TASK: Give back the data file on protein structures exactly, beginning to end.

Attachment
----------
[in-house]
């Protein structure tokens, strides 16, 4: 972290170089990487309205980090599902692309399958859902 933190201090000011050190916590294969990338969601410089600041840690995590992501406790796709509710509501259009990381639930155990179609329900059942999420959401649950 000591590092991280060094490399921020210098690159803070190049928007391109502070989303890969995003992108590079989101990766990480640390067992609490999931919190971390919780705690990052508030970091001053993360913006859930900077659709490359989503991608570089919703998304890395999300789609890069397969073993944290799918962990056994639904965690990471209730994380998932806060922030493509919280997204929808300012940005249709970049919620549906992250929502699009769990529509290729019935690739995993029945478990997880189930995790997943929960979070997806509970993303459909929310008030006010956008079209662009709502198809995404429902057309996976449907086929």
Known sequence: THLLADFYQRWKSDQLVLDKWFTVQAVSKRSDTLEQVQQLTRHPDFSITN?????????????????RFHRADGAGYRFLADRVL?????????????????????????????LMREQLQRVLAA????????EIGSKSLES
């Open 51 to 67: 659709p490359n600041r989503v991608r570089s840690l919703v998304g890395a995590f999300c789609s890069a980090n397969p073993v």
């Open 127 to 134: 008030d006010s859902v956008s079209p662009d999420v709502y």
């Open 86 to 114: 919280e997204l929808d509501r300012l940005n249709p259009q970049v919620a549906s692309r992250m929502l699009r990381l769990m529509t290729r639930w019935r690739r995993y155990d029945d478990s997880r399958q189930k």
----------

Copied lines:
[in-house]
């Protein structure tokens, strides 16, 4: 972290170089990487309205980090599902692309399958859902 933190201090000011050190916590294969990338969601410089600041840690995590992501406790796709509710509501259009990381639930155990179609329900059942999420959401649950 000591590092991280060094490399921020210098690159803070190049928007391109502070989303890969995003992108590079989101990766990480640390067992609490999931919190971390919780705690990052508030970091001053993360913006859930900077659709490359989503991608570089919703998304890395999300789609890069397969073993944290799918962990056994639904965690990471209730994380998932806060922030493509919280997204929808300012940005249709970049919620549906992250929502699009769990529509290729019935690739995993029945478990997880189930995790997943929960979070997806509970993303459909929310008030006010956008079209662009709502198809995404429902057309996976449907086929």
Known sequence: THLLADFYQRWKSDQLVLDKWFTVQAVSKRSDTLEQVQQLTRHPDFSITN?????????????????RFHRADGAGYRFLADRVL?????????????????????????????LMREQLQRVLAA????????EIGSKSLES
């Open 51 to 67: 659709p490359n600041r989503v991608r570089s840690l919703v998304g890395a995590f999300c789609s890069a980090n397969p073993v």
């Open 127 to 134: 008030d006010s859902v956008s079209p662009d999420v709502y």
């Open 86 to 114: 919280e997204l929808d509501r300012l940005n249709p259009q970049v919620a549906s692309r992250m929502l699009r990381l769990m529509t290729r639930w019935r690739r995993y155990d029945d478990s997880r399958q189930k």